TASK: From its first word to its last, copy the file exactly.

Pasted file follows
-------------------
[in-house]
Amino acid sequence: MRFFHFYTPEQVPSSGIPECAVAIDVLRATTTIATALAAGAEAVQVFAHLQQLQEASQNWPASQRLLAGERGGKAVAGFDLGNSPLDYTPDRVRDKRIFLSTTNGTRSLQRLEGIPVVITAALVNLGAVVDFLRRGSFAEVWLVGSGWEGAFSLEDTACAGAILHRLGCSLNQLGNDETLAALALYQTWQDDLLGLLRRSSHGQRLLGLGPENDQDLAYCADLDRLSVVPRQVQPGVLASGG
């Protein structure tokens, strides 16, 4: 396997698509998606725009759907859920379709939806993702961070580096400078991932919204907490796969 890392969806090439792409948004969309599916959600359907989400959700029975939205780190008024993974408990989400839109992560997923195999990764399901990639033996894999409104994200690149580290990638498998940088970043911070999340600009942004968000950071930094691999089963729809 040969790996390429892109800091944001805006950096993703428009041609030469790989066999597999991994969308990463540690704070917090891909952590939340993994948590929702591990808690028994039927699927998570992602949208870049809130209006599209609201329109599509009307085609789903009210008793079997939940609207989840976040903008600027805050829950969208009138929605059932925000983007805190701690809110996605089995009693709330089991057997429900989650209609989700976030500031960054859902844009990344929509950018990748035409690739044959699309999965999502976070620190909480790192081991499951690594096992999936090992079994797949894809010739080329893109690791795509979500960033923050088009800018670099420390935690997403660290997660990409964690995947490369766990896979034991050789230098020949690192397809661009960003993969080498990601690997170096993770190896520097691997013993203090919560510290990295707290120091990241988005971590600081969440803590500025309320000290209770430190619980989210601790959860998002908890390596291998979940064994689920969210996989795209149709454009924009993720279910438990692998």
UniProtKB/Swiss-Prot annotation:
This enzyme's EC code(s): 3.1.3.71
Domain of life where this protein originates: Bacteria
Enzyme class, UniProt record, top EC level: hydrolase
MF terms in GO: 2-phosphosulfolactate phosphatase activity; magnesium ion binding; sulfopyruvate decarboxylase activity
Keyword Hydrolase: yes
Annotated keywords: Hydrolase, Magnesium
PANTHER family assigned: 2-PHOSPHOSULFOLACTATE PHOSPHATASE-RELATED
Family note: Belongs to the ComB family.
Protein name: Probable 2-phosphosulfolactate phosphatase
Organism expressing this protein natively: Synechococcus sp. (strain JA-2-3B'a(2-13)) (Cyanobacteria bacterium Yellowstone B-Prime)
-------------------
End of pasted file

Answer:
[in-house]
Amino acid sequence: MRFFHFYTPEQVPSSGIPECAVAIDVLRATTTIATALAAGAEAVQVFAHLQQLQEASQNWPASQRLLAGERGGKAVAGFDLGNSPLDYTPDRVRDKRIFLSTTNGTRSLQRLEGIPVVITAALVNLGAVVDFLRRGSFAEVWLVGSGWEGAFSLEDTACAGAILHRLGCSLNQLGNDETLAALALYQTWQDDLLGLLRRSSHGQRLLGLGPENDQDLAYCADLDRLSVVPRQVQPGVLASGG
């Protein structure tokens, strides 16, 4: 396997698509998606725009759907859920379709939806993702961070580096400078991932919204907490796969 890392969806090439792409948004969309599916959600359907989400959700029975939205780190008024993974408990989400839109992560997923195999990764399901990639033996894999409104994200690149580290990638498998940088970043911070999340600009942004968000950071930094691999089963729809 040969790996390429892109800091944001805006950096993703428009041609030469790989066999597999991994969308990463540690704070917090891909952590939340993994948590929702591990808690028994039927699927998570992602949208870049809130209006599209609201329109599509009307085609789903009210008793079997939940609207989840976040903008600027805050829950969208009138929605059932925000983007805190701690809110996605089995009693709330089991057997429900989650209609989700976030500031960054859902844009990344929509950018990748035409690739044959699309999965999502976070620190909480790192081991499951690594096992999936090992079994797949894809010739080329893109690791795509979500960033923050088009800018670099420390935690997403660290997660990409964690995947490369766990896979034991050789230098020949690192397809661009960003993969080498990601690997170096993770190896520097691997013993203090919560510290990295707290120091990241988005971590600081969440803590500025309320000290209770430190619980989210601790959860998002908890390596291998979940064994689920969210996989795209149709454009924009993720279910438990692998």
UniProtKB/Swiss-Prot annotation:
This enzyme's EC code(s): 3.1.3.71
Domain of life where this protein originates: Bacteria
Enzyme class, UniProt record, top EC level: hydrolase
MF terms in GO: 2-phosphosulfolactate phosphatase activity; magnesium ion binding; sulfopyruvate decarboxylase activity
Keyword Hydrolase: yes
Annotated keywords: Hydrolase, Magnesium
PANTHER family assigned: 2-PHOSPHOSULFOLACTATE PHOSPHATASE-RELATED
Family note: Belongs to the ComB family.
Protein name: Probable 2-phosphosulfolactate phosphatase
Organism expressing this protein natively: Synechococcus sp. (strain JA-2-3B'a(2-13)) (Cyanobacteria bacterium Yellowstone B-Prime)